which belongs to the daily revelation and use of the laws — or modes of action — by which God is seen in nature, and, necessarily, every college and university which tends to make men wiser as to the ministers of progress which have been standing at the portals of history during unnumbered cen. turies have not been lightly considered. The day cannot be distant when not one form of industry alone, such as agriculture, but when every branch of labor will have its Technological Institute in every town, where the mechanic, resting from daily toil for a time, may refresh his soul in speculation in such national establishments, commanding, without cost, the fullest demonstration of the means by which new mechanisms work. The cost of all the models necessary, and of all the scientific skill required to work such a system of technical instruction, for the people at large, would be but as the dust in the balance compared with the results of more intelligent action in our workshops, and stimulated inventive skill upon our national wealth. The jour. neys of the elder Stephenson to Newcastle-upon-Tyne to see such models of muchinery as were in his day available, the speculations of Watt, the optician, with Newcomen's model of a steam engine, the experiments of the French weaver Jacquard upon the loom, no less than the movements of our own inventors in a thousand various directions, explain the means by which the million-fold harvest would be reaped from such wise planting. Art instruction, as well as scientific training, is an essential in building up the greatness of a people. Man has more facets to his well cultured brain than all the tiny planes of the best work of the lapidary upon the precious stone, and the cul. tivation of the beautiful in sight and sound is one of the many powers which must be used for his adequate development. Men who have studied the Chi. naman in his habitat cannot fail to see that his arrested growth in thought and in government is largely due to the want of universality in his system of culture. The schooling which could allow the art of printing, once discoyered, to slumber unimproved for hundreds of years, which could permit a nation to remain untaught as to the rules of perspective in painting, and as to the combination of sounds in music, should be a perpetual warning to every community against the neglect of taste as a means of development, a branch of culture which we, as a people, liave until of late years been inclined to hold too cheaply. The Historian owes it to himself, no less than to his subject, to make his contributions to literature a means of arousing at. tention to all such dangers, and to assist in evoking public spirit from thic vast deep of thoughtlessness and inattention in which too many opportuni. tics have found their

grave unwept, unhonored and unsung." The Northwest will be seen to have done its fair proportion in all such works as have yet been accomplished, and some items in its history lending in these several directions, will be found duly chronicled in their proper relation to contemporary events. Columbus, the capital, and Cincinnati, the me. tropolis, of Ohio, will find their own deels and records standing in their proper position, surrounded by the industrial prowess and social advancement of the state which they represent. Indianapolis, the wondrous city which, since the year 1816, has won an approach to empire such as no city ever achieved in any other quarter of the globe in a century, will find that hier in. dustrial enterprises, her railroads, her timber and her exports bave been noted with an appreciative band as an indication of the wealth and power which the future holds in trust for Indiana. Springficld, the home of Abraham Lincoln and his burial place, the capital of Illinois, and Chicago, the metropolis of the Great Northwest, have been depicted with no grudging pencil, although the greatness of the last named city, its misfortunes and its heroic efforts in combating disaster, would task the resources of the ablest writer that the world has ever seen. Michigan has been sketched from the earliest days of a French trading post and fort at Detroit, to the standpoint of the state at this hour, and while the beauty of the metropolis has been recognized, the other cities of that state have been described in the order of their importance. Madison, the handsome capital of Wisconsin, and Milwaukee, its commercial center, commanding the vast chain of lakes and the river commerce of the union, demanded a notice of some length, but the other cen. ters of industry in the state have been set forth in their true colors, as thriv. ing homes of large detachments of the great Army of Progress which, by the magic of well applied energy, is gradually, but not slowly, conquering woodland, river and prairie, for the best purposes of mankind, preparing a way through the wilderness for the millions coming and to come from the coun. tries of Europe and Asia to build up new sections of the empire which the United States have established in the name of God and our race. St. Paul, which has advanced, with the state of Minnesota which it represents, by steady strides from a log chapel, in 1839, to the vast and populous dimensions of to day, deserved and has received full credit for the prosperity which it has largely assisted to produce and diffuse over a tract of country which, for many years to comc, must go on increasing in all the respects which render life enjoyable upon this footstool. Iowa came with her hands full of great cities which challenged adıniration, and there has been an attempt to annotate her claims, but who coulų render justice to Des Moines, Davenport, Dubuque, Burlington, Keokuk avd Council Bluffs within brief liinits, when every city might have filled a volume with the incidents of early settlement, the struggles for the soil, and the mineral wealth which slumbered in the rocks, the efforts which have made education a possibility, and the iron roads which unite every settlement in bonds of commerce with the wide world. Kansas had a peculiar history, having been for some years the battle.ground upon which was fought out in miniature the great struggle which eventually burst the shackles of the slave, and its soil and situation had claims upon special notice because of the manifold charms which have already commanded a population of over six hundrect thousand souls in the brief time which has clapsed since peace has reigned in the state. There has been an effort to do justice briefly to the claims of Kansas, but the subject requires a work spe. cially devoted to that purpose, and the vast quantity of material gathered for this precis has been further elaborated in a separate publication. Topeka, Leavenworth, Lawrence, and the other cities famous in history, have been de. scribed from actual observation with some approach to detail, and it is lioped that the result will be accepted as an approximation. Nebraska, youngest of "the sisters nine,” has yet much to be said, if not for her achievements, then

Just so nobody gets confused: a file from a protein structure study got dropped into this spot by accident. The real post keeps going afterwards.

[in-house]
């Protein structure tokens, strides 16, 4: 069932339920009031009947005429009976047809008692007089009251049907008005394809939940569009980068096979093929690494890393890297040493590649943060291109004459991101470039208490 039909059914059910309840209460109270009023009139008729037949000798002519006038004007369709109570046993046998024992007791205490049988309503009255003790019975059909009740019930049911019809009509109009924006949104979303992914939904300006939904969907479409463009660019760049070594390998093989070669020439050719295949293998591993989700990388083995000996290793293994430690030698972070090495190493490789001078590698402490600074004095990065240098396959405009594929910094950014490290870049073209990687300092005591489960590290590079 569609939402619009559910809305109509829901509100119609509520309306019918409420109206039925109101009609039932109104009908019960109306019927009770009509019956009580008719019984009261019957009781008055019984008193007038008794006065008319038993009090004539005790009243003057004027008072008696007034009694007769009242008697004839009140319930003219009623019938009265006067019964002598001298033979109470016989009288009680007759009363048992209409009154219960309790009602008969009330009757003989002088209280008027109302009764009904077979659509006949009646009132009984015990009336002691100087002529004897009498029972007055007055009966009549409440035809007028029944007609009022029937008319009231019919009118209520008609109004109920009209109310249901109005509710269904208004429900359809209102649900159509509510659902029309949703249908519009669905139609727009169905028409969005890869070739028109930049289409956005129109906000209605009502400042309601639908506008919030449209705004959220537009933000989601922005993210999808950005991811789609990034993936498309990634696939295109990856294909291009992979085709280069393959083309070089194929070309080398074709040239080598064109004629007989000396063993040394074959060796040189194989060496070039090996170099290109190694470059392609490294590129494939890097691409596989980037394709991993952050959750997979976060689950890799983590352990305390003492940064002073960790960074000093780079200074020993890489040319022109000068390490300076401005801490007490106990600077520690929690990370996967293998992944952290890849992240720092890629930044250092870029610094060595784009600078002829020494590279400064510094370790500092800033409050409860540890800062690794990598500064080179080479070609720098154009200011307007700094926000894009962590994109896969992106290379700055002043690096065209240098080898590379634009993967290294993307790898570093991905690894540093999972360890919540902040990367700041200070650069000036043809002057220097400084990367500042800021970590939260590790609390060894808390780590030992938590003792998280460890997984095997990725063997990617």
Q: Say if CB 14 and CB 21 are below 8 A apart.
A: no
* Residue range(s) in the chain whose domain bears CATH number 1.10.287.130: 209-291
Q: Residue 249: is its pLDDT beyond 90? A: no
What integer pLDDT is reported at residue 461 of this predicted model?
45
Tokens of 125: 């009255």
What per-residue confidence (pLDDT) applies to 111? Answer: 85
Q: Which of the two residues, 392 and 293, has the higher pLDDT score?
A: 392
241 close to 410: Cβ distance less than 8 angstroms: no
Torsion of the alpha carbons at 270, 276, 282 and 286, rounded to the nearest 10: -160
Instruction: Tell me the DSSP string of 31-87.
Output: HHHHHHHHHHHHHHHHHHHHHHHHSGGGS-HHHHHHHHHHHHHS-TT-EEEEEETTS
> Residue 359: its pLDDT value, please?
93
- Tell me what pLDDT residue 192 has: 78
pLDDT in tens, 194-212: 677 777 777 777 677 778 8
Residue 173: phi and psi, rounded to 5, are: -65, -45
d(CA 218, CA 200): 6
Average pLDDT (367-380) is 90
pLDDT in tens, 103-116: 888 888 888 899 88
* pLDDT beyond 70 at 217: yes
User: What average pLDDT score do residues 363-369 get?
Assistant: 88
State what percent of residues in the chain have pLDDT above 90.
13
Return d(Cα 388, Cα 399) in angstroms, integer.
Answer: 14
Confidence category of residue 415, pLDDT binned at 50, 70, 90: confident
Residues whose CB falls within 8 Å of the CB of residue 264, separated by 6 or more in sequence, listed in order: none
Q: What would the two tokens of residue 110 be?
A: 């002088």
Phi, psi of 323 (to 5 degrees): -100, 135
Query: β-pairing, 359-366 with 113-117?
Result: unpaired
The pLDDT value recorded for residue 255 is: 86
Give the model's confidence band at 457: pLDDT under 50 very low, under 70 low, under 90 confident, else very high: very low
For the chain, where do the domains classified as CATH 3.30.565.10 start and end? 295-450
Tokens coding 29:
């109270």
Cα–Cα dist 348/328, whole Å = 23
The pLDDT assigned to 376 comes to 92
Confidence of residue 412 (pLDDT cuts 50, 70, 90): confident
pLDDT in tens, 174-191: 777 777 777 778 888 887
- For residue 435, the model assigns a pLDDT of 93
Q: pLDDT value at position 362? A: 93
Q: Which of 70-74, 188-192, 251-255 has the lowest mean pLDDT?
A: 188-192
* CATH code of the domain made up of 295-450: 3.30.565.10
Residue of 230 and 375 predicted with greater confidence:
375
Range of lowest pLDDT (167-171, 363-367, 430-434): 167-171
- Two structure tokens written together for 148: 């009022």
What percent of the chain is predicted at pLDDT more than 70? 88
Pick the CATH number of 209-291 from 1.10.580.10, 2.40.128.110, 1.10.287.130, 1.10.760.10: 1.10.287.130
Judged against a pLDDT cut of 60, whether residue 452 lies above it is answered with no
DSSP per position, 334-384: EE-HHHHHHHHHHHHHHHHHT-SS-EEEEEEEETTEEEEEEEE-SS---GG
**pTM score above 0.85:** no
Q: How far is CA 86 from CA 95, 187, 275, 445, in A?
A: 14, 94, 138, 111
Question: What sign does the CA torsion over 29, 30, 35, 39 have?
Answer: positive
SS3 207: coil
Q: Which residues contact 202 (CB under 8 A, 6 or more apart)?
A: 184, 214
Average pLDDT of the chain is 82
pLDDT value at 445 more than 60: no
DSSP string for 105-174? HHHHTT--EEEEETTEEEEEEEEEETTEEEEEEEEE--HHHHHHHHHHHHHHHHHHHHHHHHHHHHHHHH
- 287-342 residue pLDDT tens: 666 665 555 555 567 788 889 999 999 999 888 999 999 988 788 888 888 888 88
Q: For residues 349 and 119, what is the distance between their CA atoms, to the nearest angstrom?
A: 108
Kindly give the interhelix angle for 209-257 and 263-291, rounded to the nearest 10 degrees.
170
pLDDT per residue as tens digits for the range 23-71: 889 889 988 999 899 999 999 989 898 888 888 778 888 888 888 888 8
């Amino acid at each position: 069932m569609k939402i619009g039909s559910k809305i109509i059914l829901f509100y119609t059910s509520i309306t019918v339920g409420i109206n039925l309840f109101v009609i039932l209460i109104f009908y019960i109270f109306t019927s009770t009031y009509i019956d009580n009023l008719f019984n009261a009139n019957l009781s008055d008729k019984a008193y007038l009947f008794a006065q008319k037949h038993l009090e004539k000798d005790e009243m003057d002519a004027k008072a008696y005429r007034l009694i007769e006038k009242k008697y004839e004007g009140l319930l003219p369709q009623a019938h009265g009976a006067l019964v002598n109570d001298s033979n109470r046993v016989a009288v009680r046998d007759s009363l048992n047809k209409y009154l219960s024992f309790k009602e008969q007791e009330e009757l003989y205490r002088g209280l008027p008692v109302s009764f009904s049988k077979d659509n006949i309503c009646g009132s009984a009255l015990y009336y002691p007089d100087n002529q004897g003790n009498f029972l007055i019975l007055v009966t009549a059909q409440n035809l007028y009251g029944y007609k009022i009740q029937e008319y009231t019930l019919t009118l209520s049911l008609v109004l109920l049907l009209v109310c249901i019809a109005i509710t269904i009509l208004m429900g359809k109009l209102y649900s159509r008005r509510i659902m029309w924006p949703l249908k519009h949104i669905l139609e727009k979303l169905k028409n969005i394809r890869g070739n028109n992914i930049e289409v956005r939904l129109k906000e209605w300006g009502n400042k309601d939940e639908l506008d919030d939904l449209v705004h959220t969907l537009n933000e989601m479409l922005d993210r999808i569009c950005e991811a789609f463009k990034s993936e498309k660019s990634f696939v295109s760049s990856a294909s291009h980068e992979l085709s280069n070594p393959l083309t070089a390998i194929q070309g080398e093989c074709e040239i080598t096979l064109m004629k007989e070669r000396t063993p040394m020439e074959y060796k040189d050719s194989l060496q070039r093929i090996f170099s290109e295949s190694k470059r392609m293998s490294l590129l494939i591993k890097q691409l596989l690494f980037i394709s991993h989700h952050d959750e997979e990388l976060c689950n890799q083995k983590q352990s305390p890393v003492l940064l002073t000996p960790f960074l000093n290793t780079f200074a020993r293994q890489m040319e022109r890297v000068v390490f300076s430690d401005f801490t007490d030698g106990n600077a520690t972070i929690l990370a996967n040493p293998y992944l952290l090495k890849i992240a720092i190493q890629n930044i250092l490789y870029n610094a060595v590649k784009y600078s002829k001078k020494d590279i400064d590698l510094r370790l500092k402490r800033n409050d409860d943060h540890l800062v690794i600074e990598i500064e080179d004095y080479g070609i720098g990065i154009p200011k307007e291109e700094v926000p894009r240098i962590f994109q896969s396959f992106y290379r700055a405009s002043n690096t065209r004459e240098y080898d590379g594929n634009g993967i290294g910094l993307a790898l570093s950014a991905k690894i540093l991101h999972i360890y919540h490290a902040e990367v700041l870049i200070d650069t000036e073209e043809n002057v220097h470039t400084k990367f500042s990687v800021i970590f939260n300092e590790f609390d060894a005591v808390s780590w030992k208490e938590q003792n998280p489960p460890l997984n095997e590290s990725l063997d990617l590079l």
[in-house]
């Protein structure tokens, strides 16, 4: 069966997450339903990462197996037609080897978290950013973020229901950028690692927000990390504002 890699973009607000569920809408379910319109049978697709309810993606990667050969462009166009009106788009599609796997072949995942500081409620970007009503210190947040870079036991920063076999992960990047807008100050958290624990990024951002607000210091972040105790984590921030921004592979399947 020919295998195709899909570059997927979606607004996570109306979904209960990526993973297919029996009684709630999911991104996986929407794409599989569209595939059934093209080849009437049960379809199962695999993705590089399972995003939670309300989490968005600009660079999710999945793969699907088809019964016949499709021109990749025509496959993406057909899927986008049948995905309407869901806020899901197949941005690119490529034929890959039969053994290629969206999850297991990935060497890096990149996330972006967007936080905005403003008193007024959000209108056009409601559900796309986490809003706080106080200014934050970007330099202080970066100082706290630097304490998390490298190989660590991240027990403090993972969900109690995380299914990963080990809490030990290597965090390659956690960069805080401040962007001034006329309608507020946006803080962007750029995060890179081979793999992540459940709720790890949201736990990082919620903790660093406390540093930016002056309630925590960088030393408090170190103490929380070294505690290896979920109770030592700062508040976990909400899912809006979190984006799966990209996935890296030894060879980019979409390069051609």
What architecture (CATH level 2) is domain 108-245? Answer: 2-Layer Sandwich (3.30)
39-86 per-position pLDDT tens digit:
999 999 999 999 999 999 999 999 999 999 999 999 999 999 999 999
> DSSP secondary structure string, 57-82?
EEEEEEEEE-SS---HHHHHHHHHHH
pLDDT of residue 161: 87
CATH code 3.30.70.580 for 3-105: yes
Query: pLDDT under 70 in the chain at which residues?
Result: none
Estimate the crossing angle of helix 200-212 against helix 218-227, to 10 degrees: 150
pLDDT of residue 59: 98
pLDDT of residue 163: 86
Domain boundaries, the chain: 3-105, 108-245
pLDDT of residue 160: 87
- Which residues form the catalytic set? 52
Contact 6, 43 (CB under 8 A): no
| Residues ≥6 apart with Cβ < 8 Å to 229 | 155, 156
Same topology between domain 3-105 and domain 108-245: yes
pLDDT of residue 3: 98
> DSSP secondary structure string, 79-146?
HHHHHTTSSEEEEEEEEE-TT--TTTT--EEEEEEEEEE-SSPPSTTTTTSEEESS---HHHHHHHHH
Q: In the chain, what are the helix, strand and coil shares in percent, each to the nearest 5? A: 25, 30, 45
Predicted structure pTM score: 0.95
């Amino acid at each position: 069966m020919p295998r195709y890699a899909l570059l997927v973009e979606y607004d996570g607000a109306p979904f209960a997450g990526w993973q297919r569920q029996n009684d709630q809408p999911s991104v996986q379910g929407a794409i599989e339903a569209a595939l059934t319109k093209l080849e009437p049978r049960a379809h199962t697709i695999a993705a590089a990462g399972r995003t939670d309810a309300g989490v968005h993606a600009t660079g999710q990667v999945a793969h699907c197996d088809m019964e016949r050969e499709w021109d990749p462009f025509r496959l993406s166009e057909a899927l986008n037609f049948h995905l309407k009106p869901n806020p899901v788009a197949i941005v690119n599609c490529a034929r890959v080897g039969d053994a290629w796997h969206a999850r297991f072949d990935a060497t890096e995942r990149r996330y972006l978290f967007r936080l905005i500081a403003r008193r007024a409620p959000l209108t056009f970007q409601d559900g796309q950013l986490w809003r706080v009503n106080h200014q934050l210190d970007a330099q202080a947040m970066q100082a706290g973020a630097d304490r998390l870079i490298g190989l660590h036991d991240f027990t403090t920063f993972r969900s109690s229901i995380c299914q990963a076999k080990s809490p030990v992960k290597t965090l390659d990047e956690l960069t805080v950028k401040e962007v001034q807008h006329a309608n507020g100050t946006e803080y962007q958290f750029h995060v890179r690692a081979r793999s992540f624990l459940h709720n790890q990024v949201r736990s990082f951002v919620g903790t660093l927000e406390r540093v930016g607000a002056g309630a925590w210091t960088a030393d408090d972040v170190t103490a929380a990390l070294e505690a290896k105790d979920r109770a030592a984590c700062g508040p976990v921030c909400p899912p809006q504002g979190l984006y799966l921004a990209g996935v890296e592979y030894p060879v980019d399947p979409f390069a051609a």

for her possibilities in a bright and prosperous future, to which, with a full and earnest admiration of their present glory, the author looks for the complete development of Lincoln, Omaha and Nebraska City with the state which they worthily represent.

CHARLES R. TUTTLE. MADISON, Wis., March, 1876.